I think yes there are many smaller things that can be done to just get us not even thinking differently but just interacting with different people. Remember those days at school when we were asked to get into pairs to work on a project and you’d always want to choose your friend but your teacher would force you to work with someone new. Right there and then your self-reference criteria is all jumbled up. All of a sudden you have to relate to another person, plug into their set of experiences and use it to work together successfully.

      Chorus is a great thing because of it’s amazing structural construct. Because of that you get a tremendous force where the group is greater than the sum of the individual parts. But with structure, there must be malleability within. We must push ourselves to allow diverse interactions to occur and flourish. With that comes greater individual empathy. You interact someone who comes from different backgrounds to you, you broaden your awareness and outlook.

      So the smaller things: yes having people from diverse backgrounds engage in conversations on a regular basis, especially conversations that are challenging and relevant. Then to balance that out with partaking in activities that are fun. I was in an immigration advocates program once where we all had a lot of intense, sometimes feisty discussions about different multi-cultural issues. They were emotional and hard-hitting but an important element was the social element afterwards. There was a framework where we would all socialize together afterwards and decompress together. It closed out the circle somewhat. It was important to laugh and mellow out at the end of it all. At the end of the day is to feel relaxed around each other.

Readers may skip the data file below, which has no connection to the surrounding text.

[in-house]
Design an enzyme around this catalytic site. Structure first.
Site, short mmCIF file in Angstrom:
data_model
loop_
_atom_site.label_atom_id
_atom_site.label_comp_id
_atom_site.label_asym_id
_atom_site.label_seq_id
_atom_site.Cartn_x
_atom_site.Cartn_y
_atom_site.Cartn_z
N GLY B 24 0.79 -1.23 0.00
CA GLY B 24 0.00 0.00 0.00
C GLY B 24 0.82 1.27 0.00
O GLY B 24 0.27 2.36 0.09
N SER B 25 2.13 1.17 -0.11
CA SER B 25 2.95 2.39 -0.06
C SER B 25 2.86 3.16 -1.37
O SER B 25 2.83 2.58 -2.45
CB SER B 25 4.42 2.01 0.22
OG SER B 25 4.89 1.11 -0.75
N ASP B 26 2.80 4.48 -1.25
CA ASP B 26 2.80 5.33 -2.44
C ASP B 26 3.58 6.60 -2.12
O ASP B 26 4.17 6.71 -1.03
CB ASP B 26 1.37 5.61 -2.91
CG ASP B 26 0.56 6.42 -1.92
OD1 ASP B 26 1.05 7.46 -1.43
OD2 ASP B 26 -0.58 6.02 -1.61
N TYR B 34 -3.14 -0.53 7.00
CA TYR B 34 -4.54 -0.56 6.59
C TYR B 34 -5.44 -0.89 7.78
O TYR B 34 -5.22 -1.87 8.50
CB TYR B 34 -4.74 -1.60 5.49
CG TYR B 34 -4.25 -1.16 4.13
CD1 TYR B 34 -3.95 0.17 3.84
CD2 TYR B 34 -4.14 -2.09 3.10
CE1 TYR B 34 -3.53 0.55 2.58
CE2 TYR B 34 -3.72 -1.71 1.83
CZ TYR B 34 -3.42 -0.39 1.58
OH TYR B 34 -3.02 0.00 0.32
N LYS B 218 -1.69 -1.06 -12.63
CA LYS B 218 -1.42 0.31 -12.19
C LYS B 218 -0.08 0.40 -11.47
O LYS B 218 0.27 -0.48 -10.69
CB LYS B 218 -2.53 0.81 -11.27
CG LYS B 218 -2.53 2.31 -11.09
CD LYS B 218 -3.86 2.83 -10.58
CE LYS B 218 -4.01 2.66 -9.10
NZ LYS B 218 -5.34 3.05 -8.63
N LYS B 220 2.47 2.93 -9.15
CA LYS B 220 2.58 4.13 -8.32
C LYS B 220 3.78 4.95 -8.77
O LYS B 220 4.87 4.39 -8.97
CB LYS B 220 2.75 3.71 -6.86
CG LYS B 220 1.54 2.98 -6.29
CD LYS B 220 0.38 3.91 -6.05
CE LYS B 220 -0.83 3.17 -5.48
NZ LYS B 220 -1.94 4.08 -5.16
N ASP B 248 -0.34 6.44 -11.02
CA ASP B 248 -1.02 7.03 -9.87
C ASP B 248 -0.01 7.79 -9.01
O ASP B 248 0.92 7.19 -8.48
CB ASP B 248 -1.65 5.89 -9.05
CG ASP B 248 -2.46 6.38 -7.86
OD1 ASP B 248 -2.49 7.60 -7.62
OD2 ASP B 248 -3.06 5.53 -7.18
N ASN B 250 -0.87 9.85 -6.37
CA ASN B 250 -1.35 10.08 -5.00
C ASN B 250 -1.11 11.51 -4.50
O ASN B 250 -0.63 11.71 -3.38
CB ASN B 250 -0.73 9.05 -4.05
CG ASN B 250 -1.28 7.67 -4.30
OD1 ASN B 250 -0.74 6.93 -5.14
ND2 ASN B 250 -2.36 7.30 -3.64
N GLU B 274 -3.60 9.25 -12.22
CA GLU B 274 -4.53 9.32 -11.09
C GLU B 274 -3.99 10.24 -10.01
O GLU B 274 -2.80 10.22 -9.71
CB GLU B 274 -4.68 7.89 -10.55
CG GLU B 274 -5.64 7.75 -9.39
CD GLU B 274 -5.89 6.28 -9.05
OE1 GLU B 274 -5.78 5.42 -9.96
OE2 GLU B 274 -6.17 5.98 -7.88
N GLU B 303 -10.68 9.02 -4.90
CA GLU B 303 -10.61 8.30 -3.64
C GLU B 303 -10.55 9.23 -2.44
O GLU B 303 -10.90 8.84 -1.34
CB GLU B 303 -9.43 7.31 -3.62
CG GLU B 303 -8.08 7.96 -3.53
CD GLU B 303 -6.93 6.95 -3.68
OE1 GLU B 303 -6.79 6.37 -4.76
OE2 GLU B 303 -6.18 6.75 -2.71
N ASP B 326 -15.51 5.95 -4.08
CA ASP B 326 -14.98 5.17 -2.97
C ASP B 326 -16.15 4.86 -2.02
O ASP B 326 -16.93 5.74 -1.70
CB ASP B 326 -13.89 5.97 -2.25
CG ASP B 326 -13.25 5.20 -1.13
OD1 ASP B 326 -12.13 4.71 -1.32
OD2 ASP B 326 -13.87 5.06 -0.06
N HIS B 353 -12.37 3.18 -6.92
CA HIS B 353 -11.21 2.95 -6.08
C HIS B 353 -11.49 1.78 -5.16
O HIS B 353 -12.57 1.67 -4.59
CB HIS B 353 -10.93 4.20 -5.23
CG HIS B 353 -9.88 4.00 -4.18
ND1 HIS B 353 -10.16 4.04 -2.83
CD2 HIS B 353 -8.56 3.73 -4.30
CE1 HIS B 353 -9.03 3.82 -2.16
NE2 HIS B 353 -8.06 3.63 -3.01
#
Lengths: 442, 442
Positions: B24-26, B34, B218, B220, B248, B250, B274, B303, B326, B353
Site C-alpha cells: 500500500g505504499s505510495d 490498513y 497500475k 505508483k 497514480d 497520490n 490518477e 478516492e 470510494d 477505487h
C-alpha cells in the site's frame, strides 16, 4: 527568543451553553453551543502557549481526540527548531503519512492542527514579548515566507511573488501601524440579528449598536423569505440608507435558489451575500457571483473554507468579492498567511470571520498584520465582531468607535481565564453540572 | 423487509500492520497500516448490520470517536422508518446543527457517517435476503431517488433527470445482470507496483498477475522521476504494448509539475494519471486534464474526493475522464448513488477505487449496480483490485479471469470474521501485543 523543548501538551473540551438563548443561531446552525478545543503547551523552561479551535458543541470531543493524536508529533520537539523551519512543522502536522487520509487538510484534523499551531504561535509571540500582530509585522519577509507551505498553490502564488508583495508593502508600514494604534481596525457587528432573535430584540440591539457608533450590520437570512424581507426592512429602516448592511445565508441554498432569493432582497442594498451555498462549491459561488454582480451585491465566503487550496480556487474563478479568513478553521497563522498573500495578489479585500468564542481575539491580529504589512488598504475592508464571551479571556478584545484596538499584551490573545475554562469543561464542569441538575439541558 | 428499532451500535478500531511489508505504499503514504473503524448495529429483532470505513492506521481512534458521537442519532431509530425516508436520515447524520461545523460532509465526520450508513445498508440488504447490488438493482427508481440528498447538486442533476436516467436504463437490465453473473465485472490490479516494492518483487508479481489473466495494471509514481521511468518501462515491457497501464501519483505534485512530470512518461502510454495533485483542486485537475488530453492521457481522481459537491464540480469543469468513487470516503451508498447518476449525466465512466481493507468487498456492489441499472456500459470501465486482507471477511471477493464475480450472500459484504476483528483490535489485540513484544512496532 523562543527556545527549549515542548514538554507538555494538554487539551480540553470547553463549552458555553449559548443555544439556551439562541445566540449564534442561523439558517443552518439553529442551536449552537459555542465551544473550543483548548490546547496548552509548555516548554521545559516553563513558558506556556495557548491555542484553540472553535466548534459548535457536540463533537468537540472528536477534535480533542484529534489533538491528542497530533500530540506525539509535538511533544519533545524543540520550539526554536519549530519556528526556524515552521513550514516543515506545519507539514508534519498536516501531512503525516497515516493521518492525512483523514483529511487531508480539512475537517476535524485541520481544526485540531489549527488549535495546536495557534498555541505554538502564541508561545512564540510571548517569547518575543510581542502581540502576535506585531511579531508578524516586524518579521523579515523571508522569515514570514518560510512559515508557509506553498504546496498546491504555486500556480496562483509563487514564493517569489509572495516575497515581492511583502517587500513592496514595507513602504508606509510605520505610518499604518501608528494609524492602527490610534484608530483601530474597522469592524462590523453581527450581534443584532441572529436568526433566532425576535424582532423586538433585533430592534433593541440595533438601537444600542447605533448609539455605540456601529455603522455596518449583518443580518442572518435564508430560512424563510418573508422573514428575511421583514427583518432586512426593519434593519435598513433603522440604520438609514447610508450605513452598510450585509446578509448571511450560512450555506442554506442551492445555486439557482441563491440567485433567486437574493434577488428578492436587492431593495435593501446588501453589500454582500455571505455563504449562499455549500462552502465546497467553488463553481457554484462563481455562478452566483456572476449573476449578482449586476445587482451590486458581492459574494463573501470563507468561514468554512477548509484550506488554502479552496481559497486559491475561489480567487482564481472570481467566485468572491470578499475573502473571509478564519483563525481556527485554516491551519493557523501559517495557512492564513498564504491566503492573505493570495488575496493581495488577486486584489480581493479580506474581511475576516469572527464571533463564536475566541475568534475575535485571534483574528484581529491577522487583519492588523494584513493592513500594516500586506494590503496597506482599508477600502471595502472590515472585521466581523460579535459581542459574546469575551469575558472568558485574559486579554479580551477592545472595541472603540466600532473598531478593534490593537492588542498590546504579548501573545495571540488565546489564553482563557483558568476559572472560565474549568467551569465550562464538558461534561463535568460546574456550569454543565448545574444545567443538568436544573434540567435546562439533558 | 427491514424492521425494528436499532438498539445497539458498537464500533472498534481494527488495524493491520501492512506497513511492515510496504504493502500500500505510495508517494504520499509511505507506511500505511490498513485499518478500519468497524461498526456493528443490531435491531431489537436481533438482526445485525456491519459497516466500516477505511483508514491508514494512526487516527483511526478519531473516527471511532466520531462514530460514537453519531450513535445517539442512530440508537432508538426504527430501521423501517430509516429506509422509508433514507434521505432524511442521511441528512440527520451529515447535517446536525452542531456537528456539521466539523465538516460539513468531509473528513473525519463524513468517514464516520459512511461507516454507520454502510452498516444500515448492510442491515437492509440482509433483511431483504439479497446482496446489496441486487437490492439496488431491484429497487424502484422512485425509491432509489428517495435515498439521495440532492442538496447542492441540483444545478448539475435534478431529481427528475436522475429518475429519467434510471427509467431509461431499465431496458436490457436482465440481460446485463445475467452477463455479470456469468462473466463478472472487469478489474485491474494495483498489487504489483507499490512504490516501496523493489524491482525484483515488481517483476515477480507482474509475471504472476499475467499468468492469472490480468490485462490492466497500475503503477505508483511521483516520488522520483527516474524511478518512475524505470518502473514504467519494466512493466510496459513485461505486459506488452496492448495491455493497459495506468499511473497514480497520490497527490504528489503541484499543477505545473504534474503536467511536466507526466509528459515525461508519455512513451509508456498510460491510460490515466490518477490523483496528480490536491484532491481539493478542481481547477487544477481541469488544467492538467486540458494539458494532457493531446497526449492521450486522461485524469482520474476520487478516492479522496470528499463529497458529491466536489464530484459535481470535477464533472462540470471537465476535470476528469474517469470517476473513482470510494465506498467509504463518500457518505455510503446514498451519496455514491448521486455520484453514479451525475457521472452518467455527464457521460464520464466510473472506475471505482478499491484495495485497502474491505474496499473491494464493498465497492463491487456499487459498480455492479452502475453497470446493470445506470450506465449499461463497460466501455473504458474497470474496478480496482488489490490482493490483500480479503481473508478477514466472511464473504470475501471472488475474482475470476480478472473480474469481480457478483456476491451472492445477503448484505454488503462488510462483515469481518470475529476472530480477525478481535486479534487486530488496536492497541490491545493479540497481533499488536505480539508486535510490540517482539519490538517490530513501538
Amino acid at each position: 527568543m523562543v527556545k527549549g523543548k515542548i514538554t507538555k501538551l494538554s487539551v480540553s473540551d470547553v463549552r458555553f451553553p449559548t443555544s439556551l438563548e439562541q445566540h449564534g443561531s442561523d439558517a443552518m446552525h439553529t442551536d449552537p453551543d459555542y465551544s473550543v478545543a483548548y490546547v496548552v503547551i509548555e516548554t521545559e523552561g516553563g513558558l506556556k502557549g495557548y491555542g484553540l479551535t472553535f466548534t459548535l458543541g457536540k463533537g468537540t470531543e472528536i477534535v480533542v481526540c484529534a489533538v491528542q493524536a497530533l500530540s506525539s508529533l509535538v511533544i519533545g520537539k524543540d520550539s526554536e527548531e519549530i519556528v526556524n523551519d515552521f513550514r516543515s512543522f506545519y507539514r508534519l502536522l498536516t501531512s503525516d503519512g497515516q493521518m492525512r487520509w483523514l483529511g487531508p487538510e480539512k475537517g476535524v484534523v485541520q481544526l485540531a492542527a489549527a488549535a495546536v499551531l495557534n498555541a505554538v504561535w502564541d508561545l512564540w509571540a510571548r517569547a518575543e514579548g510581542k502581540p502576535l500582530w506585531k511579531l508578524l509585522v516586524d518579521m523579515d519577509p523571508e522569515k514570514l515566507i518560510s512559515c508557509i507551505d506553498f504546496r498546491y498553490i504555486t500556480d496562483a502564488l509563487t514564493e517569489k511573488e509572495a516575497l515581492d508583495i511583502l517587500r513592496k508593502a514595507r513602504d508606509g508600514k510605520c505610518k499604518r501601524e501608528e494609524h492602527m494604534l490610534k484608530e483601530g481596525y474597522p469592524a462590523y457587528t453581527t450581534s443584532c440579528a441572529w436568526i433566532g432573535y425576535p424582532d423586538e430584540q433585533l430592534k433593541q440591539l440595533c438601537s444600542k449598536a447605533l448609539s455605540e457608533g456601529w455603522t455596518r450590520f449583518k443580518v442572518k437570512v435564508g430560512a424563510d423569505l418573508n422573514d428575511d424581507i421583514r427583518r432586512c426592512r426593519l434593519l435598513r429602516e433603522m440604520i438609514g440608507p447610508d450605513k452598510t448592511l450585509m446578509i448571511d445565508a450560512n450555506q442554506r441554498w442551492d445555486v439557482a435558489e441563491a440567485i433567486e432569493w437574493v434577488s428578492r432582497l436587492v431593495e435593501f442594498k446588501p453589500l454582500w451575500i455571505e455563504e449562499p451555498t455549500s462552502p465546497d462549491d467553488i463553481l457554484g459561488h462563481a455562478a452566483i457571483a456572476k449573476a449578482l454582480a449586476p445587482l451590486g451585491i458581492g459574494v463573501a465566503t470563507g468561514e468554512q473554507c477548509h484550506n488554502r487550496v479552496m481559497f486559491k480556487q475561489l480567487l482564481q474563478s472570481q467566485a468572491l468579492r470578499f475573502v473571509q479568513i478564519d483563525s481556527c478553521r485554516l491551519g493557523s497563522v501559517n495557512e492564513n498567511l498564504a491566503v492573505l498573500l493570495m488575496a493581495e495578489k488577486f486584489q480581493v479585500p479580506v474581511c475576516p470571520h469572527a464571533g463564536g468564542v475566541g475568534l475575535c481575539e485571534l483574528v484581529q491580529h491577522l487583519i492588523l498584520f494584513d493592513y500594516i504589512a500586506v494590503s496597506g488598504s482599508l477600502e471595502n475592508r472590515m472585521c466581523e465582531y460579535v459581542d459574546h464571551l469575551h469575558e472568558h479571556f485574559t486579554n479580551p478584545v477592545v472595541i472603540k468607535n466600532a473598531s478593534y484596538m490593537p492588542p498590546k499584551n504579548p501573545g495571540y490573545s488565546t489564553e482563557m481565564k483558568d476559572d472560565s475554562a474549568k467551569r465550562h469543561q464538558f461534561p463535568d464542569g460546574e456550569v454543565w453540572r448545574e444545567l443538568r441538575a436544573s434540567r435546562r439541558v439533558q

• Daniel

    I love BCC. In my years of observing the young people as they grow in their musical skills and their solid relationships with each other I have found that they don’t need any special training when it comes to race, culture, etc…

    Their parents, on the other hand, may have something to learn. Engaging the broader BCC families may have a larger impact on racial harmony. The “kids” just do their thing and do it well and develop their own colorblind view through their BCC experience.